If you are a leader in your organization, it is imperative that you are aware of this critical issue and that you are prepared and equipped to deal with it, especially during this ongoing crisis. According to a survey by, one in three Americans reports that they are more likely to drink or use drugs when working from home.

We know that substance misuse and addiction not only impact an organization’s bottom line, but also create a toxic culture and harm employee morale. With the increased challenges of remote work and the accompanying financial, family, mental and emotional stressors, employees who have a history of addiction are at a higher risk for relapse. Many others may find themselves crossing the line into unhealthy use.

Despite the reality that many employees are working remotely or in the field relatively isolated from their colleagues or supervisors, the guidelines for recognizing substance misuse are essentially the same. Watch for indicators of potential abuse. These can include declining work performance, taking excessive time off, “disappearing” from the radar for blocks of time or never turning on their camera for virtual meetings. To make it easier to spot these issues, have employees turn on their cameras regularly. This also helps create a greater sense of connection and reduces the sense of isolation.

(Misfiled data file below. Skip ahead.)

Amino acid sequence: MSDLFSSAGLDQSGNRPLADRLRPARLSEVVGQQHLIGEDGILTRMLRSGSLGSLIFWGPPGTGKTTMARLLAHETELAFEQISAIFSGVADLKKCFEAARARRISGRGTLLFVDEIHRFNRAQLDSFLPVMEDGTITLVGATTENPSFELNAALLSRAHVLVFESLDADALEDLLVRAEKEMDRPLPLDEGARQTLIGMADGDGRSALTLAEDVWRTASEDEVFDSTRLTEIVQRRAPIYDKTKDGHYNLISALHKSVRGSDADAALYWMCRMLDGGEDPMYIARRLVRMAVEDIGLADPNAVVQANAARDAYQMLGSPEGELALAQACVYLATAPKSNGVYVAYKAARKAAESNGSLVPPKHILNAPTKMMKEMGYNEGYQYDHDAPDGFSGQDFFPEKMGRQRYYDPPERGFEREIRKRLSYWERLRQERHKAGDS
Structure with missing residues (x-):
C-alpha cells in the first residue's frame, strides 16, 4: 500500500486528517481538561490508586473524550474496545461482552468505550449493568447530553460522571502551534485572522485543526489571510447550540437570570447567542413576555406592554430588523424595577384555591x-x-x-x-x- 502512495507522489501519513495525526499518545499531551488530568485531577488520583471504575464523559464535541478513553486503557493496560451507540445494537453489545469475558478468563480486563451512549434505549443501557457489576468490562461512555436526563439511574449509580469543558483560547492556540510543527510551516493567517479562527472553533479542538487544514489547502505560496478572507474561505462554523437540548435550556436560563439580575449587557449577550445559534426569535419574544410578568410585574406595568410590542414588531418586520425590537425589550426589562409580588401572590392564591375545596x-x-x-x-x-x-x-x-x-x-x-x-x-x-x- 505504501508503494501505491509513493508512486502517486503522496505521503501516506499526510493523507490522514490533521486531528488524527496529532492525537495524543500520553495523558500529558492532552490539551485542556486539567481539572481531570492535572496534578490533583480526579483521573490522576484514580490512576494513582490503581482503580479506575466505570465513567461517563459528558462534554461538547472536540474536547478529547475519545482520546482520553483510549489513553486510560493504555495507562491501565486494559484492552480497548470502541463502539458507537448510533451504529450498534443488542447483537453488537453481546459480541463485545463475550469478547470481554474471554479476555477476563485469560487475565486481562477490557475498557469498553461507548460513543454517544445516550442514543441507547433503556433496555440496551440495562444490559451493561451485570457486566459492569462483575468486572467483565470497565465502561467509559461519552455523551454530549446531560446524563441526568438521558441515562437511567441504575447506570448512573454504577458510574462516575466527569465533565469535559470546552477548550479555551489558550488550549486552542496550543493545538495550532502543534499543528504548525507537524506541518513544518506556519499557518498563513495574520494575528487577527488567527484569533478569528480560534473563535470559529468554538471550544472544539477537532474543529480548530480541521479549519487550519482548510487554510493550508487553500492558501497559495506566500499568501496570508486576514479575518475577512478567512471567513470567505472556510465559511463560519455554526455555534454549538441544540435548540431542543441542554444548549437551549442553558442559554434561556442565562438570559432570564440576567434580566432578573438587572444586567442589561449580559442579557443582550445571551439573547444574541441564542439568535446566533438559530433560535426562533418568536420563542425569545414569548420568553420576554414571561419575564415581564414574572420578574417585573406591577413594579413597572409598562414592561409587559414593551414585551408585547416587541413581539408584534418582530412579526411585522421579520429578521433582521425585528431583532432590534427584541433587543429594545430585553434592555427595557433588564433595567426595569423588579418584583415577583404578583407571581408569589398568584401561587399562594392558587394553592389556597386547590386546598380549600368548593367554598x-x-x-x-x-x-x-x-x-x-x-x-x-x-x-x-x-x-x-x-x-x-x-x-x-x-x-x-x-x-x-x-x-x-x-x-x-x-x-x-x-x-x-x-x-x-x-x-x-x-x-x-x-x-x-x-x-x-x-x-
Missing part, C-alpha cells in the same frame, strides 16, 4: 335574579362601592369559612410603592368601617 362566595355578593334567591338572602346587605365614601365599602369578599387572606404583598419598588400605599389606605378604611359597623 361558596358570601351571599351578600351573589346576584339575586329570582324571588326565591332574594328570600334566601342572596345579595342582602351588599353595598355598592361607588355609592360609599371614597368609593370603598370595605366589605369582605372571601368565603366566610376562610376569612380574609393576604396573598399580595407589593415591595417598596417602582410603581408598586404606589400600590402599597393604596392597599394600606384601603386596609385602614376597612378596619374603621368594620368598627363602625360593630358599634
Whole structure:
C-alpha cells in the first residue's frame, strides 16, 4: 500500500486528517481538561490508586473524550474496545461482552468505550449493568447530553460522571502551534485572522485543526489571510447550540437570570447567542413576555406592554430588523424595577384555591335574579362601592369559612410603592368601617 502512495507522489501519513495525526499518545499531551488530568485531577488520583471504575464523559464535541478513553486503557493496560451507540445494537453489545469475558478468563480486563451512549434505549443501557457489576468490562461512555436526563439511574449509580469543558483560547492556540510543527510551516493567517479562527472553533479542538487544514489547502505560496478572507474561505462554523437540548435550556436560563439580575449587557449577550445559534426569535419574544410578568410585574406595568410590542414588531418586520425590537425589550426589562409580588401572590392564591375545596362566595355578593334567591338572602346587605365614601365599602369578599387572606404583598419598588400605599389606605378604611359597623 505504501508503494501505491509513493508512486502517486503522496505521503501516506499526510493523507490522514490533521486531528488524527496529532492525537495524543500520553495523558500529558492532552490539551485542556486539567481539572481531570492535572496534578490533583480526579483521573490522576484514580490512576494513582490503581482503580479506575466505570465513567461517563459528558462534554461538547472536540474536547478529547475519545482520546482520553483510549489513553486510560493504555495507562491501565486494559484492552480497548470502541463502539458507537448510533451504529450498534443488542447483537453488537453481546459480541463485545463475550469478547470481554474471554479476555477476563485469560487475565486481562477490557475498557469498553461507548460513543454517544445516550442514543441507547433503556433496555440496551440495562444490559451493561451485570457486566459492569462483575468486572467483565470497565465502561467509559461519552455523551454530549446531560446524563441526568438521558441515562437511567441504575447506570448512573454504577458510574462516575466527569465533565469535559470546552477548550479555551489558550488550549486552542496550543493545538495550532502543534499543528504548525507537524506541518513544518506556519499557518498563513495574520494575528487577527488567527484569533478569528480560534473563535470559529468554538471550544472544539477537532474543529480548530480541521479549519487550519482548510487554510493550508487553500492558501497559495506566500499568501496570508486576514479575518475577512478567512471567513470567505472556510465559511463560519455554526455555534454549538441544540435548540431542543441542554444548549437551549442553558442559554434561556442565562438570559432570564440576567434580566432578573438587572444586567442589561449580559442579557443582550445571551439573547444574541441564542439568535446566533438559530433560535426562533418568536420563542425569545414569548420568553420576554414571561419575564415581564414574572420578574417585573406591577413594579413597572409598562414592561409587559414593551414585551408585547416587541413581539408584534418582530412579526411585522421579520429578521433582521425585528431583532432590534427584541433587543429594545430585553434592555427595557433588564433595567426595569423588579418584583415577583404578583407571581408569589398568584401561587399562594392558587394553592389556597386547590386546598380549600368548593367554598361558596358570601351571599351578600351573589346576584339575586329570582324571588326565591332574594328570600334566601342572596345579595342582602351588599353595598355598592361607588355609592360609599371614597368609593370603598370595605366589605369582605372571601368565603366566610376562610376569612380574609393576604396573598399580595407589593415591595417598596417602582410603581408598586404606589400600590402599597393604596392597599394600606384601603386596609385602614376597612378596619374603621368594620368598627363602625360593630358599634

Keep in mind that these behaviors by themselves do not indicate a substance abuse issue. However, if you notice several of these indicators or see a significant change in an employee over a period of months, these are warning signs that an employee may need help.

Remember, your job is not to diagnose or determine if an employee has a mental health or substance issue. Your job is to be aware of problematic workplace behaviors, address these behaviors through performance management and refer employees to the EAP through a suggested referral or a mandatory referral to resolve the personal issues that may be impacting their performance. Speak to an account manager to discuss referral options.

Here are some best practices your organization may want to consider: